Every week, those pads grew wider, stretched farther and farther across the pond. By the end of the summer, I had at least a dozen blooms. It was fun to watch the koi fry dart from under one pad to the next. Friends and family came daily to feed them ... they grew FAST!


Next spring, the pads started coming up, bigger than ever. Now there were finally a few aerial pads, reaching 4-5' (1.2-1.5m) into the sky!

By the end of that summer, the lotus had finally reached the far side of the pond. The water was crystal clear, shaded by the pads, filtered by the roots of the lotus.

Absolutely no fertilizer was added. The lotus were consuming all the waste and organic debris in the pond...and getting PLENTY of nutrients. The blooms were proof! There were dozens of blooms every day all summer. Buds were coming up everywhere. Everyone at work, clients and visitors were amazed ... and learning about lotus! I picked lotus blossoms for everyone's desk. I showed people how the water danced off the pads.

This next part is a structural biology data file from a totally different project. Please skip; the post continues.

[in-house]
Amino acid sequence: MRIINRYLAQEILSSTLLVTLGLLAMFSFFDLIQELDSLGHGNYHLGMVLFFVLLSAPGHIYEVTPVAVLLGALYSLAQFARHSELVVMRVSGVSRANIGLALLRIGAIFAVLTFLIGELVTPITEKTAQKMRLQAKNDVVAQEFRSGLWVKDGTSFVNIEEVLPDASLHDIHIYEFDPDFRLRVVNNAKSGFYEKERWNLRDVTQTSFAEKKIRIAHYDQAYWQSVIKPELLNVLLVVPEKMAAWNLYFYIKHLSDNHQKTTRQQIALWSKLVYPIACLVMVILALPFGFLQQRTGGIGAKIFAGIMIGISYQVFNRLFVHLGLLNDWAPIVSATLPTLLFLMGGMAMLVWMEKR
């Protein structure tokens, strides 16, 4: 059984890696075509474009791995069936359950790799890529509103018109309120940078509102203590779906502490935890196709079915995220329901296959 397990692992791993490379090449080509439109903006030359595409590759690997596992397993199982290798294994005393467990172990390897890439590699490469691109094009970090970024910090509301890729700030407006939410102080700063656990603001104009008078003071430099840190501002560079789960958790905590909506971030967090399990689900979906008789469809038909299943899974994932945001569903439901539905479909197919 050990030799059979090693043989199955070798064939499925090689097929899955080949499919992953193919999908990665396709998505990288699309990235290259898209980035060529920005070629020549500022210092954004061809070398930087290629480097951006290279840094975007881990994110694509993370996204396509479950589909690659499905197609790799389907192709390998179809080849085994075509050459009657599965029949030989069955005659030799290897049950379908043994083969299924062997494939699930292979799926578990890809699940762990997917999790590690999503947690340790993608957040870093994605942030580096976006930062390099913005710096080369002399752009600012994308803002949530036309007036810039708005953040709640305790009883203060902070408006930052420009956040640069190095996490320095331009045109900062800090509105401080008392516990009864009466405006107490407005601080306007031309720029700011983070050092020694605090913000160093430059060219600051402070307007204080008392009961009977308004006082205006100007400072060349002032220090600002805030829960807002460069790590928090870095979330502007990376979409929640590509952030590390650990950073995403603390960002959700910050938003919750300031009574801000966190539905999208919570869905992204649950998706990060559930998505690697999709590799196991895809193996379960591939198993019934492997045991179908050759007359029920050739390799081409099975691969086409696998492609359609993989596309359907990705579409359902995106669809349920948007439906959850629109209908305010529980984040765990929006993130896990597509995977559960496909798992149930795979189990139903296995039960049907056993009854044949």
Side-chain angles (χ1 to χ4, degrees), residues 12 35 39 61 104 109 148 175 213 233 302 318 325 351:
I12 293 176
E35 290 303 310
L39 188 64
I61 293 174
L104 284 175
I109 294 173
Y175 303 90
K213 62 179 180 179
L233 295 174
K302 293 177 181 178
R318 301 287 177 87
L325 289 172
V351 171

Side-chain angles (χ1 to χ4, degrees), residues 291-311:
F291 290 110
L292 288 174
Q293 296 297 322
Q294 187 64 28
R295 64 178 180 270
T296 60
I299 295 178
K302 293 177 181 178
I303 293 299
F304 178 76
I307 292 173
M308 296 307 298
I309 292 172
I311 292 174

People heard about it through the grapevine and were coming to the office to see the lotus and all the critters the pond attracts. They fed the koi, which were now getting to be monsters and happily making more little monsters.

By mid-autumn, seed ponds were standing up all over the pond. I took my little inflatable rowboat and harvested all of them. Most went to my friend Nancy who owns the florist shop next to the office, but a lot were given to my pond friends, co-workers, and used in bouquets all around my house.

This summer, 2006 ... it was a true lotus pond. Every square inch was covered with pads, blooms, buds, pods. A sea of lotus. Blossoms 12" (.3m) wide, pads over 3' (1m) wide, to 6 feet in the air. It truly took our breath away. Standing downwind, you could smell the blossoms while feeding the koi through the crystal clear water and listening to the frogs call and jump around on the pads. And the dragonflies were whirring all around.

Next spring we have plans to thin out the lotus and make a bit more room for the few water lilies that I have added. Oh, so you think it'll be a fun job? Yup, lotsa fun ... maybe another story to be told too.  

Gallery of Additional Images from Joyce's Lotus Pond
Joyce Grigonis and Nymphaea 'Pink Ribbon'